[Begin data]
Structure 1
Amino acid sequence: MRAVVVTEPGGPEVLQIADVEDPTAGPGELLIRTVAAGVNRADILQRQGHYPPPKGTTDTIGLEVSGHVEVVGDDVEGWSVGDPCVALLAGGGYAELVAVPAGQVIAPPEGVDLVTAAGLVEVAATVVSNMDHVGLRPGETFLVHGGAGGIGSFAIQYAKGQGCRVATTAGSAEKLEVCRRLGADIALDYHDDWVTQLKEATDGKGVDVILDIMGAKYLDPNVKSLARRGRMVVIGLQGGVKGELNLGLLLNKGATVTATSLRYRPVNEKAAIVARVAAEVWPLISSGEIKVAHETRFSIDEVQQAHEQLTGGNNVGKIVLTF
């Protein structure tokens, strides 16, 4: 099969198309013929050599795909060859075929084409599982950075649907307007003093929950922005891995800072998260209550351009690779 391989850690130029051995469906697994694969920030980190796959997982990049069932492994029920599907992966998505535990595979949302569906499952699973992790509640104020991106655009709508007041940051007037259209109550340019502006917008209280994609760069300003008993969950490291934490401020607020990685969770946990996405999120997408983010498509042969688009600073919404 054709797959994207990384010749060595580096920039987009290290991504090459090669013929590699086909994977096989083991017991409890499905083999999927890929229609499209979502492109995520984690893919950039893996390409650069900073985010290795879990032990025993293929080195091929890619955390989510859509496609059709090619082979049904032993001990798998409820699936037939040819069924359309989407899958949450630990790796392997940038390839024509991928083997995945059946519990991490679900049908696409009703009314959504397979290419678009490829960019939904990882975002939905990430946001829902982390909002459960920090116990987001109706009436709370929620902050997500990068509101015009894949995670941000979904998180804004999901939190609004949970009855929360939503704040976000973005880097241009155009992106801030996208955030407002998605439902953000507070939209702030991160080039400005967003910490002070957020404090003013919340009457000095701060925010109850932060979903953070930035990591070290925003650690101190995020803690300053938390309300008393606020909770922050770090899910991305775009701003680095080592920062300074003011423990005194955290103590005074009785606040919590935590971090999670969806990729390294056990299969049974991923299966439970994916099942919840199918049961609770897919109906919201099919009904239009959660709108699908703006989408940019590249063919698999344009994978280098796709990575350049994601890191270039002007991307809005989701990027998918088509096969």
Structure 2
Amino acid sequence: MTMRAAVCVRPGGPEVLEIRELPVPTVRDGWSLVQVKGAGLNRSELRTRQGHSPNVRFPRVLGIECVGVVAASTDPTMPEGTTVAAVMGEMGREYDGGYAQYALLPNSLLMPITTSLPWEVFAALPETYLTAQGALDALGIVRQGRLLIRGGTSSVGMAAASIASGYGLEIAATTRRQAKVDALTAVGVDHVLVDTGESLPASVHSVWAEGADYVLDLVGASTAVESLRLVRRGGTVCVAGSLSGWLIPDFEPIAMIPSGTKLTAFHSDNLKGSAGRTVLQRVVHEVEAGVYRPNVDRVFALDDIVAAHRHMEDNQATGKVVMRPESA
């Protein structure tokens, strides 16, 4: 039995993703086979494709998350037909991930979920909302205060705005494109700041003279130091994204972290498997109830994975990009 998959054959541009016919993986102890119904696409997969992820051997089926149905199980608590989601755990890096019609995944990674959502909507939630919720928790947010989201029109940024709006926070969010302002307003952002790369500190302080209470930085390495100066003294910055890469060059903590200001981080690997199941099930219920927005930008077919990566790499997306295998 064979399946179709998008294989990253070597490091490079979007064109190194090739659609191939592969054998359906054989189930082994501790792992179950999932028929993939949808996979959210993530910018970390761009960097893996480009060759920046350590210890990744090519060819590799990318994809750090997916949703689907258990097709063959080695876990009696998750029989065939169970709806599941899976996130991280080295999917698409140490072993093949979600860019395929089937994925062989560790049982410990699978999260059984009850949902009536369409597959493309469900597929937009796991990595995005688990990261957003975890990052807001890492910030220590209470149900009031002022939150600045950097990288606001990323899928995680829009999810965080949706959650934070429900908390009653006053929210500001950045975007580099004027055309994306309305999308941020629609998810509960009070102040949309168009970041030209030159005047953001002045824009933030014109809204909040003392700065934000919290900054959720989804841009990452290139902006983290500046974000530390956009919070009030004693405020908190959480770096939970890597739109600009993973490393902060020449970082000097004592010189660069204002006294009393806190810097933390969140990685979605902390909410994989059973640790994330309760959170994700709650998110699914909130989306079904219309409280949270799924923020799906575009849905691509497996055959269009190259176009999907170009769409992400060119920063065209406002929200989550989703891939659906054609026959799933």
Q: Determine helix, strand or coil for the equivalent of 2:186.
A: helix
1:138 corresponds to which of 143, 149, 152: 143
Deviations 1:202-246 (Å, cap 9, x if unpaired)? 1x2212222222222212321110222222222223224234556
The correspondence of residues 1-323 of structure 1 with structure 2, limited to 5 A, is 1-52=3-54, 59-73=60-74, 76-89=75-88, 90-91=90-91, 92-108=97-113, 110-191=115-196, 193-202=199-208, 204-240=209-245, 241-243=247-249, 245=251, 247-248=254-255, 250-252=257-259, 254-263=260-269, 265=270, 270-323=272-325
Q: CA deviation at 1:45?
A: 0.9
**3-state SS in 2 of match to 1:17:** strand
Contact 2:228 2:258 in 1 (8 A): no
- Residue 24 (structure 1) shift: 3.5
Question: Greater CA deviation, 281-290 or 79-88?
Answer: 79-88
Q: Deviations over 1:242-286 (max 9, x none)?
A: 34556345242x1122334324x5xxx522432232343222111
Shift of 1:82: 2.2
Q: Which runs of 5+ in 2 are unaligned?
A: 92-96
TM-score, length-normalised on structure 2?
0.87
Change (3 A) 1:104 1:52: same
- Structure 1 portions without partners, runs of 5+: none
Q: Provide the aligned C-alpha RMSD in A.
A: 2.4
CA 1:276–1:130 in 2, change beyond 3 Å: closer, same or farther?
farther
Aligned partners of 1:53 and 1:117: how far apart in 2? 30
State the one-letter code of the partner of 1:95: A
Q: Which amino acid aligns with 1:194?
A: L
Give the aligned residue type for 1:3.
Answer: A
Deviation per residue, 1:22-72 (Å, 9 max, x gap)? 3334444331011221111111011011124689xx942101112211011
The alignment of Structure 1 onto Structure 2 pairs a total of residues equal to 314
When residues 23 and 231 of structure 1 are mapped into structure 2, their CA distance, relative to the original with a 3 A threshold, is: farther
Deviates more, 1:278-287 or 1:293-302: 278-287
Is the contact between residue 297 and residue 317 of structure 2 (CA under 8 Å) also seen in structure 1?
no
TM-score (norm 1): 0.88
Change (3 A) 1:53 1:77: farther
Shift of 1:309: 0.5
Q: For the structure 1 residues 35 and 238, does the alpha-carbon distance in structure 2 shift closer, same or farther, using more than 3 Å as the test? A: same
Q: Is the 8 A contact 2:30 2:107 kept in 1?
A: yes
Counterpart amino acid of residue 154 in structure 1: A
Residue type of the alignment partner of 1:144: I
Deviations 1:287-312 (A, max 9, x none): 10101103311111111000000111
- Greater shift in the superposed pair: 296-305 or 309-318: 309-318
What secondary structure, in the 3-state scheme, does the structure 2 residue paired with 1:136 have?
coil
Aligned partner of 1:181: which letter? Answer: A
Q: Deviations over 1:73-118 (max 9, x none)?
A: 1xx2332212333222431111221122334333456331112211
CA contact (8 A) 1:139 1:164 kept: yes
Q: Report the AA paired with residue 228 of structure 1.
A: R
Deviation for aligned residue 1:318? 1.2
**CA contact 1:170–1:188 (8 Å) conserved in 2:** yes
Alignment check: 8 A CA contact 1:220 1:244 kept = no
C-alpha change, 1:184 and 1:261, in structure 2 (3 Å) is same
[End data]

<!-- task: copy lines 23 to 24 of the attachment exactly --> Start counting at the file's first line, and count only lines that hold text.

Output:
A: 92-96
TM-score, length-normalised on structure 2?